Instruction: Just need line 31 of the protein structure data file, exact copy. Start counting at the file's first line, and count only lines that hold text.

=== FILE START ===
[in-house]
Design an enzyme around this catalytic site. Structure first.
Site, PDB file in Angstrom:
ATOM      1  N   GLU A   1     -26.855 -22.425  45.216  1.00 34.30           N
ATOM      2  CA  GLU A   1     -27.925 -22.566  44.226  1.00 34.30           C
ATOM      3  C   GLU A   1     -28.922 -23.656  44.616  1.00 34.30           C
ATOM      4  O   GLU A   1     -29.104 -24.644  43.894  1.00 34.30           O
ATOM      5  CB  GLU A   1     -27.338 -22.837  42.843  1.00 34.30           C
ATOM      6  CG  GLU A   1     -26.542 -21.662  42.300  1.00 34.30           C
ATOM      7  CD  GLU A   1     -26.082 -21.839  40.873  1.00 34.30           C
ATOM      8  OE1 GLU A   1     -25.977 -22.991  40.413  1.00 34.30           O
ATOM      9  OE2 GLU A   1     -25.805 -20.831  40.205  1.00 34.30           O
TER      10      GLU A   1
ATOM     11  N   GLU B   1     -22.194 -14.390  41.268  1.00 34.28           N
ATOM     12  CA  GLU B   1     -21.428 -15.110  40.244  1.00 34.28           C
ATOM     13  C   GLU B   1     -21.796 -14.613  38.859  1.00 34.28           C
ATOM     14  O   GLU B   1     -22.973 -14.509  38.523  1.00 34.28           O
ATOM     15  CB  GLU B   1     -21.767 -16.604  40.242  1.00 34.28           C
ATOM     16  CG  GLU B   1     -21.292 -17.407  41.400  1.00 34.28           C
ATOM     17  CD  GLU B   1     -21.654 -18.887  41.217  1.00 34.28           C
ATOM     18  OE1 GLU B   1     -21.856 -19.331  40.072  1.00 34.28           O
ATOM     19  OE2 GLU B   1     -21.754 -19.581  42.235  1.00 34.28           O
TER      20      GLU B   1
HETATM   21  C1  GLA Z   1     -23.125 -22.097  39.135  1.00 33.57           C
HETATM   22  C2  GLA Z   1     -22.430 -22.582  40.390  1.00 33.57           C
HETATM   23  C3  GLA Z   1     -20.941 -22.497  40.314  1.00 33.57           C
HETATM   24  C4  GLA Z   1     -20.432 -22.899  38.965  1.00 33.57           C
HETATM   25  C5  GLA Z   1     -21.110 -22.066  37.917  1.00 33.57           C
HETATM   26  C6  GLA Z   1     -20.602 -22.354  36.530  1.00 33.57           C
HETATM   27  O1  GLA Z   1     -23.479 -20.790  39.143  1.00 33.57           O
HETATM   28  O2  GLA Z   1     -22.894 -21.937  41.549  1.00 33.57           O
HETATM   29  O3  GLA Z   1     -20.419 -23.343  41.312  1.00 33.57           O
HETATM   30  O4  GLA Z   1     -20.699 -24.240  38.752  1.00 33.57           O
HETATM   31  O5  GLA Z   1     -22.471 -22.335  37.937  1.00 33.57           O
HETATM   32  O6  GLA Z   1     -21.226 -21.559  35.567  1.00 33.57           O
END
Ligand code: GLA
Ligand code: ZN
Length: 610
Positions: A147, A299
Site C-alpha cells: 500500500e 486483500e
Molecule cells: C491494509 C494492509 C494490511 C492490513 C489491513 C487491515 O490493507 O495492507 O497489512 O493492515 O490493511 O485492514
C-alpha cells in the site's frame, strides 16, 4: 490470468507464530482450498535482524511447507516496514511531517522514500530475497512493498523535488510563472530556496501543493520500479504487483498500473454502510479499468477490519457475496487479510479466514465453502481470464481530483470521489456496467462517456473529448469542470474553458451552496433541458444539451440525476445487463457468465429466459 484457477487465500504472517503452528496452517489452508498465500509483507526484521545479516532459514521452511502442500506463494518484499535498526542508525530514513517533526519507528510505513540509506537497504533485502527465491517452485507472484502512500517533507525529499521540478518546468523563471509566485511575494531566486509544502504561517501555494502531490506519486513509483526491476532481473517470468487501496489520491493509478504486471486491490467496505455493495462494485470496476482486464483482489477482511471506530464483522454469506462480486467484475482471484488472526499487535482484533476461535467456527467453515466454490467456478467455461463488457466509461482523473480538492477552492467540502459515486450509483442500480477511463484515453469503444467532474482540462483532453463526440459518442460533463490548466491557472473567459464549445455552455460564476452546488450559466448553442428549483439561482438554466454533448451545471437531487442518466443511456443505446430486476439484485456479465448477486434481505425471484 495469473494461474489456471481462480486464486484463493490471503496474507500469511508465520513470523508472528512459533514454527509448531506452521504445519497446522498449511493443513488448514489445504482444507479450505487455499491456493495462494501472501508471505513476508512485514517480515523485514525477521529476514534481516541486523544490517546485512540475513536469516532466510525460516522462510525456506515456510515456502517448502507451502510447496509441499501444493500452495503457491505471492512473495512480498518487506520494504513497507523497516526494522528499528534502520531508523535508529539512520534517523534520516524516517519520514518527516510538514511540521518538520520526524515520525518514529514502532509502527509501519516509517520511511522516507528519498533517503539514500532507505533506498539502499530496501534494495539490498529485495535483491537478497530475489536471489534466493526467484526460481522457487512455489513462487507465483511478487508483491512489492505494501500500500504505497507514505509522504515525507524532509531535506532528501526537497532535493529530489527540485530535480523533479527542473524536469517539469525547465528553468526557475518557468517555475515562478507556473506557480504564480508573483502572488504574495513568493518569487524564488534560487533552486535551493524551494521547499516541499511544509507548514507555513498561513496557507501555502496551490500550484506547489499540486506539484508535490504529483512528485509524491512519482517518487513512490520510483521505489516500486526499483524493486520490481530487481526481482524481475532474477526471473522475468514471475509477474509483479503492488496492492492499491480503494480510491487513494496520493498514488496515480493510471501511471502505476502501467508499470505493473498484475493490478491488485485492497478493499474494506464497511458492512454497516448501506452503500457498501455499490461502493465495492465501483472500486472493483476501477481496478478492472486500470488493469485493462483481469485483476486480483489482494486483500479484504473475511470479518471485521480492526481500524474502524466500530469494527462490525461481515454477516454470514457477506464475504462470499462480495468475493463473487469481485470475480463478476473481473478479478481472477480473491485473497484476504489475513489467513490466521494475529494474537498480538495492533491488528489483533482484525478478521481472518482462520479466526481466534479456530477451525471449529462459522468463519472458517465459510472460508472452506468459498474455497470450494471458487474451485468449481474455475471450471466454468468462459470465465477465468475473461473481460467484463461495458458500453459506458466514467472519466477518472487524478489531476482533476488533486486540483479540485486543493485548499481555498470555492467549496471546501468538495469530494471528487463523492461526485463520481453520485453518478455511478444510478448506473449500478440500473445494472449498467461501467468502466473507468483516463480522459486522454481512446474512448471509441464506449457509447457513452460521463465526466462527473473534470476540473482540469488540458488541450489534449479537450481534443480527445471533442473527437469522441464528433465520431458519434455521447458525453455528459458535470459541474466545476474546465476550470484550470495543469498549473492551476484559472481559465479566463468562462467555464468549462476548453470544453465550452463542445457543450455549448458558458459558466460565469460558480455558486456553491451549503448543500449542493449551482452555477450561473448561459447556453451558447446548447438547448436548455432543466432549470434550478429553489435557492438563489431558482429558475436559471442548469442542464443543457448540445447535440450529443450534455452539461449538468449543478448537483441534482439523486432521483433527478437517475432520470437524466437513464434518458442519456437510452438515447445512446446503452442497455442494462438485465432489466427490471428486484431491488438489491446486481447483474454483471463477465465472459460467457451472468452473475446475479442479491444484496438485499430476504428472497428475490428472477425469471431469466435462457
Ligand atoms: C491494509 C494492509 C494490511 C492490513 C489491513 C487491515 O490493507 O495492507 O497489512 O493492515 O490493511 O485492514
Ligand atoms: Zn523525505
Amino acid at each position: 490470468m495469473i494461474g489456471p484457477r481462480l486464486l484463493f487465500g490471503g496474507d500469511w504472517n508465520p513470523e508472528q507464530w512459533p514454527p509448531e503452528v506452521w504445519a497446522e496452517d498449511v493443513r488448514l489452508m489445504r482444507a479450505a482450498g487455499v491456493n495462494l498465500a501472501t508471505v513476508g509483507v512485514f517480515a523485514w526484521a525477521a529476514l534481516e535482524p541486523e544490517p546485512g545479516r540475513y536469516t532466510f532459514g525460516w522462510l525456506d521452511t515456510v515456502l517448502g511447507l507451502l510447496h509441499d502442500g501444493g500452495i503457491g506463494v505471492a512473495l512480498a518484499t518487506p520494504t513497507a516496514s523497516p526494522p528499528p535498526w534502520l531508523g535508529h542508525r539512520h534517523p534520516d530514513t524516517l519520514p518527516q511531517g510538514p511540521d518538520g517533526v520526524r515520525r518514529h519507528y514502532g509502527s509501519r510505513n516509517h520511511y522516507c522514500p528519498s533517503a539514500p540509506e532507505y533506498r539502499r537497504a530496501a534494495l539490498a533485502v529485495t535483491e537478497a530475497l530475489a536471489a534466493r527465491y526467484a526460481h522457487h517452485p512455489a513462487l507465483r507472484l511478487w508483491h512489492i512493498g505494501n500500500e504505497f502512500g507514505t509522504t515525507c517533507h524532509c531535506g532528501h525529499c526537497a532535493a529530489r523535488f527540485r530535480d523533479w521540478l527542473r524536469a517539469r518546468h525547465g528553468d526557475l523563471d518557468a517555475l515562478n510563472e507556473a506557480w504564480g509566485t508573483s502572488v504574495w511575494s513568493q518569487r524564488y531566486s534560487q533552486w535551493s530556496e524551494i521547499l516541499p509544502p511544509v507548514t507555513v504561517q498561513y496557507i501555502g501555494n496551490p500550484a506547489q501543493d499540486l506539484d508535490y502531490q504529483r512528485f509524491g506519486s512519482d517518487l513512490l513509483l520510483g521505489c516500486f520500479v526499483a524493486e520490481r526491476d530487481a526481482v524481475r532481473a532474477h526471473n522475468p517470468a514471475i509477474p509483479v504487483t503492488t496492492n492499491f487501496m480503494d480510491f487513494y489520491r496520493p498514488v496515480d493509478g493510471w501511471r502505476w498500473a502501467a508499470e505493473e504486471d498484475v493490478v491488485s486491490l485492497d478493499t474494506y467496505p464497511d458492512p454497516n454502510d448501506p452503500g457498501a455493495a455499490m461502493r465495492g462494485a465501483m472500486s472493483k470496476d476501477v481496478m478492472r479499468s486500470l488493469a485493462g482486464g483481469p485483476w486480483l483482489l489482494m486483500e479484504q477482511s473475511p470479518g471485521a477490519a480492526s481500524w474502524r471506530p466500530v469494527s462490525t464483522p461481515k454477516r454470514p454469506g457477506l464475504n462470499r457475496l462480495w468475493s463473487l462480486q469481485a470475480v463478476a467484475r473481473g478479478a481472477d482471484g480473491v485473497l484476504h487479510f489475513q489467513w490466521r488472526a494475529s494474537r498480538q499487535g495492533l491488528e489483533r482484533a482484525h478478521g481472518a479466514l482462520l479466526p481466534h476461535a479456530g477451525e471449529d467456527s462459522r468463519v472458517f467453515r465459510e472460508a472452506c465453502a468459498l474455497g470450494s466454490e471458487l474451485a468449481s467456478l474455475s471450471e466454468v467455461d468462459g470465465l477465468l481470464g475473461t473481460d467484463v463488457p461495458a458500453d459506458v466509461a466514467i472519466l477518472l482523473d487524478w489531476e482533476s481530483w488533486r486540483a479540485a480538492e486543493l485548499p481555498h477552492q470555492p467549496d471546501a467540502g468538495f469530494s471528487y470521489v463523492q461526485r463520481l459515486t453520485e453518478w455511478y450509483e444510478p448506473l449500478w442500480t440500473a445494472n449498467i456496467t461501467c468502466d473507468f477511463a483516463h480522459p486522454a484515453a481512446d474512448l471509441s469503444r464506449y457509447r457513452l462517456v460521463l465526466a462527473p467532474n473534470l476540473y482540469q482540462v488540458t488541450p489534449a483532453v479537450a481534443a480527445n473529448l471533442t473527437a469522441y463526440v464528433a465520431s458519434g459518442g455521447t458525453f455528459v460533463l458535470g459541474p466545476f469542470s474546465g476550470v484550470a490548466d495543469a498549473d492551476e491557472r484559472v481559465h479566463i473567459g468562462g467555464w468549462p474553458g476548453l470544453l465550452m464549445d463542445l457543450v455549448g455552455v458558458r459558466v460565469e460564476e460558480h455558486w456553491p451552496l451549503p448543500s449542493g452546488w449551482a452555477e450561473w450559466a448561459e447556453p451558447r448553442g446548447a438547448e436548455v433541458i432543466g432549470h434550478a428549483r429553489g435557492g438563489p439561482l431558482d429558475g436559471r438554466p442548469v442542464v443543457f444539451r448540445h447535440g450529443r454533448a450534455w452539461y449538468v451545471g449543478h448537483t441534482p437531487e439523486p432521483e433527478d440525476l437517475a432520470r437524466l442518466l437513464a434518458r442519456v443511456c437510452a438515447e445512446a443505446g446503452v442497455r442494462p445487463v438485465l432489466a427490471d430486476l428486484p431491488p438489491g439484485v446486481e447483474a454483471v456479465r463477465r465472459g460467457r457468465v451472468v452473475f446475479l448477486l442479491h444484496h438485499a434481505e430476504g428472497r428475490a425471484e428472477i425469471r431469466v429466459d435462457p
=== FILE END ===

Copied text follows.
HETATM   28  O2  GLA Z   1     -22.894 -21.937  41.549  1.00 33.57           O